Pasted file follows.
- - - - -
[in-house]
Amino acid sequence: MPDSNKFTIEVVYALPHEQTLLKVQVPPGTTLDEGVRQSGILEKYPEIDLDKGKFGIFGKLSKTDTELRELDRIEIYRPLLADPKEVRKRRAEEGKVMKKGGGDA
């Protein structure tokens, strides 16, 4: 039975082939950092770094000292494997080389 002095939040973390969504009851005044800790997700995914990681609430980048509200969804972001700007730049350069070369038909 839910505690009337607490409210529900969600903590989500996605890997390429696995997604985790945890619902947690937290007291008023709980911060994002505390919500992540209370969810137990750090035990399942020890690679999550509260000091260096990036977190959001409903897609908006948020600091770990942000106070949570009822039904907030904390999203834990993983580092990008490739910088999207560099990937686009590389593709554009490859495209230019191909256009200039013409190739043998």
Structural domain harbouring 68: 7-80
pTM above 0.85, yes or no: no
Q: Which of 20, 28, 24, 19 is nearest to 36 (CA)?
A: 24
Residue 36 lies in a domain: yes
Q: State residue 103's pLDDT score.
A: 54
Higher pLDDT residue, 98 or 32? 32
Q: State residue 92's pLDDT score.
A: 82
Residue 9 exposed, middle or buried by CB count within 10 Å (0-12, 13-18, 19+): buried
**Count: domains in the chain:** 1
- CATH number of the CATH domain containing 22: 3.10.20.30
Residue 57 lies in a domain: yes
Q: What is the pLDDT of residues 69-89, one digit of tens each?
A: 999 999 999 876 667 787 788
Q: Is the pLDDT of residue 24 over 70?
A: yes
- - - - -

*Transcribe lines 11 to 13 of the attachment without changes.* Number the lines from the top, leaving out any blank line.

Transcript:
Higher pLDDT residue, 98 or 32? 32
Q: State residue 92's pLDDT score.
A: 82